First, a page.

What are possessive nouns singular and plural?

What are possessive nouns singular and plural?

Plural possessive nouns: Plural possessive nouns add an apostrophe and the suffix “s” to a word to indicate possession. Examples of plural possessive nouns include “the Smiths’ house” and “horses’ hooves.” Singular possessive nouns: A singular possessive noun indicates the ownership of one person, place, or thing.

What are the examples of singular possessive noun?

Examples of singular possessive nouns:

  • My sister-in-law’s advice.
  • Notre Dame’s tower.
  • Yellowstone National Park’s hours.
  • Middle class’s income.
  • T-shirt’s logo.
  • Attorney General’s job.
  • Real estate’s decline.
  • Full moon’s brightness.

What are examples of plural possessive nouns?

Here’s a list of plural possessive pronouns: Our, ours; your, yours; their, theirs. We use these plural possessive pronouns to indicate plural ownership. The example sentences are from the plural possessive pronoun list above: • Our books, mine and Jim’s, were on the top bookshelf. The pencils on the table are ours.

How is the possessive of singular nouns formed?

Singular nouns are made possessive by adding an ‘s onto the word If a noun is representing only one of something, then it is singular. Remember, even if a singular noun ends in –s (such as molasses), an ‘s is still added.

What is the possessive singular of water?

Waters’, if a word end is ‘s’ the apostrophes goes after the s.

What is the possessive of St Louis?

With all other style guides, Louis’s is correct.

What is the singular possessive of Ross?

Ross’s house. “The Associated Press Stylebook,” which governs most of the print news sources you read, says to form the possessive of a proper name ending in S by adding only an apostrophe — Ross’ house — even though that’s different from generic nouns — boss’s house.

What is the possessive of Texas?

However, it throws pronunciation into the mix: If the word ends in two “sibilant” sounds (the “s” and “s” in “Kansas,” or the “x” and “s” in “taxes,” for example), The Times drops the “s” after the apostrophe, so “Texas’” still rules.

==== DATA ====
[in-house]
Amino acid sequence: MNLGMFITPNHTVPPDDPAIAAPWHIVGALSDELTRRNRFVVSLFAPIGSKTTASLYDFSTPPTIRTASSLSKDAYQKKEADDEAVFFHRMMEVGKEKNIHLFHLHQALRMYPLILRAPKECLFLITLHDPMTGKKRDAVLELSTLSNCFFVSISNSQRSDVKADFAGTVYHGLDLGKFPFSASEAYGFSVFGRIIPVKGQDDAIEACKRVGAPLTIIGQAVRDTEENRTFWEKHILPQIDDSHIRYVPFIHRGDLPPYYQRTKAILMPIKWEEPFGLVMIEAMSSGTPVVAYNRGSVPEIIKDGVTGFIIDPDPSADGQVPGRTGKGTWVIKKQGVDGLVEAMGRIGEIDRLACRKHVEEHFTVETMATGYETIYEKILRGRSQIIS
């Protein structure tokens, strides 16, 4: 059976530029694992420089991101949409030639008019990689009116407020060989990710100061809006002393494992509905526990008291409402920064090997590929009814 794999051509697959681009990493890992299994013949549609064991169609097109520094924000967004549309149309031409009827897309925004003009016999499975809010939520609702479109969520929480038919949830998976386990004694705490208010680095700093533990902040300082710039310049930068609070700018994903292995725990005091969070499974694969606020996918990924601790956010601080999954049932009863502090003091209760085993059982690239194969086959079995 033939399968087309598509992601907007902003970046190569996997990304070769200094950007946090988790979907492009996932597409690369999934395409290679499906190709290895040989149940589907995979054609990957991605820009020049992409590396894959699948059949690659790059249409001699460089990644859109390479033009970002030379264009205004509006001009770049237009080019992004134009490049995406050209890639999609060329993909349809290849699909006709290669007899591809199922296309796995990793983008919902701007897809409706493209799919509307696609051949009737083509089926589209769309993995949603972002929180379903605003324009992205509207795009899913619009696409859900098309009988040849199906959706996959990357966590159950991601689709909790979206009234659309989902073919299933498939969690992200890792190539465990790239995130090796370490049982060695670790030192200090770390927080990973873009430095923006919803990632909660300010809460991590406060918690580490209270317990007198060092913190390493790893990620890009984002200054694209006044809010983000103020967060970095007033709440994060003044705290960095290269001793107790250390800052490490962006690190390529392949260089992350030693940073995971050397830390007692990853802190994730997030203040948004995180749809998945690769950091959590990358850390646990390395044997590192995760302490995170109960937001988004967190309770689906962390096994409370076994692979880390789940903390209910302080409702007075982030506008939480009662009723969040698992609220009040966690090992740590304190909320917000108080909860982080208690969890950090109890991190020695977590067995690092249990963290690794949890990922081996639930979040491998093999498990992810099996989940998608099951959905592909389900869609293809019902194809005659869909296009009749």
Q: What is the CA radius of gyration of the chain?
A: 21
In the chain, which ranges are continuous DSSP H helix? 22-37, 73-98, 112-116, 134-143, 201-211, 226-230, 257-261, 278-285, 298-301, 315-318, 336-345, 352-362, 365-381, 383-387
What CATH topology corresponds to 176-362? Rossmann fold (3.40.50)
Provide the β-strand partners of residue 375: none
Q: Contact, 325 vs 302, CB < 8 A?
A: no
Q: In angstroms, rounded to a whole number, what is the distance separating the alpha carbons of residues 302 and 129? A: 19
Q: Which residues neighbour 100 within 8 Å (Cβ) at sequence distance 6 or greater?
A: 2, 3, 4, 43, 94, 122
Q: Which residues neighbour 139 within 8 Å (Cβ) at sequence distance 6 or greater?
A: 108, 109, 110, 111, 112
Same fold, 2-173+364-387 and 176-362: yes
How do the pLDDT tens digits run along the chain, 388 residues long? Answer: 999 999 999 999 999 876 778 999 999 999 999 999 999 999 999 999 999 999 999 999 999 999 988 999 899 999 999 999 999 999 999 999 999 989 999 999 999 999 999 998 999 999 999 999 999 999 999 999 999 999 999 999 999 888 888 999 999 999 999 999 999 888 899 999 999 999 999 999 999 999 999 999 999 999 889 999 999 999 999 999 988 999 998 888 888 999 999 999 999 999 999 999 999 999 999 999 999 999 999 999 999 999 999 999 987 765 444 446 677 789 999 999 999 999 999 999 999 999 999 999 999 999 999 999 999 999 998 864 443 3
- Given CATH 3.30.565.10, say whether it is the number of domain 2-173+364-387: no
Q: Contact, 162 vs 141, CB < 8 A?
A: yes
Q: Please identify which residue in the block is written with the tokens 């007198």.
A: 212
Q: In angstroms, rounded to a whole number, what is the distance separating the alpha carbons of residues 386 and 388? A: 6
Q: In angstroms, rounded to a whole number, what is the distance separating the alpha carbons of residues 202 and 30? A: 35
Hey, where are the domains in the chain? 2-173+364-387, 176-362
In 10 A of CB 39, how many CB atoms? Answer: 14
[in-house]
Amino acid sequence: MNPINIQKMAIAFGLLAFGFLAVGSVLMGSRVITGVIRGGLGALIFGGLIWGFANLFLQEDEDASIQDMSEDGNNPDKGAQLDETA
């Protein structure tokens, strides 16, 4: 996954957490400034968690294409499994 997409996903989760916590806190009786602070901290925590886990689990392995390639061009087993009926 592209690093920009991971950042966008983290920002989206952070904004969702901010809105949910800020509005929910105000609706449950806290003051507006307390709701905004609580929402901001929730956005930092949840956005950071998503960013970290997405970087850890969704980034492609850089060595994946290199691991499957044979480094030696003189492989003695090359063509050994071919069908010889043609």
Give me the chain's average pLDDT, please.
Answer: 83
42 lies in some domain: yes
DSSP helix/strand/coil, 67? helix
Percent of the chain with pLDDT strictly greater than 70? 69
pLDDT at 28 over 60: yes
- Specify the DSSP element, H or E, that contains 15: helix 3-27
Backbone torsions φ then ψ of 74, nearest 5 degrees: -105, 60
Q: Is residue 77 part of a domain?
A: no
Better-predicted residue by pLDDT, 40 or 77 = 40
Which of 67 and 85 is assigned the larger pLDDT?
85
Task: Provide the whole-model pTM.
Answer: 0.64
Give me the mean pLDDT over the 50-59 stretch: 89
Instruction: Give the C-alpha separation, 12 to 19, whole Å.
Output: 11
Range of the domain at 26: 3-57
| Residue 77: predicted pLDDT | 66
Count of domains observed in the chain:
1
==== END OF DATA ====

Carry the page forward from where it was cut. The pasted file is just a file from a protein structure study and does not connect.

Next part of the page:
What is the possessive of Dallas?

When a singular noun of more than one syllable ends with an s or z sound, you can form the possessive by adding just an apostrophe. But if the word is one syllable, you should use both the apostrophe and s. Dallas’ (or Dallas’s) skyline is impressive.

What is the possessive form of horses?

‘ The possessive form of the singular noun ‘horse’ would be ‘horse’s,’ as in ‘horse’s tail. ‘ This rule applies even if the singular noun that you want to make possessive already ends with an s. So, you would say that the kindergarten class’s recital is next week.

What is the difference between possessive and plural?

Singular possessive nouns are easy. If a person, place or thing owns something all you have to do is add an ’s. Here are some examples: Sandra’s dog is very cute. The boss’s car is orange. The jam’s ingredients are blackberry and blueberry. Plural possessive nouns are where it can get a little tricky for both native and non-native English speakers.

What are some examples of possessive nouns?

“John’s” is the possessive form of “John”. It’s describing the wisdom in saying that the wisdom belongs to John, because it’s John’s wisdom. Here, you see “John’s” playing a possessive role in the sentence. Look at this third sentence: “The company hired John.” The subject of this sentence is “company” and the verb is “hired”.

What are some examples of singular possessive pronouns?

The ball is mine.

  • Give me back my sweater!
  • I can’t believe that is your name on the marquee!
  • I told her the money is yours,not hers.
  • His grandmother makes the best lasagne.
  • The red coat? It was his.
  • It’s time for her appointment.
  • Oops. I cracked its shell.
  • We reminded him that the seats were ours.
  • I think the car is theirs.
  • What nouns are always used as a plural?

    Scissors. Scissors has a plural verb agreement.

  • Goggles. Goggles,glasses,and binoculars only show up in the plural.
  • Pants.
  • Panties.
  • Clothes.
  • Riches.
  • Jitters.
  • Shenanigans.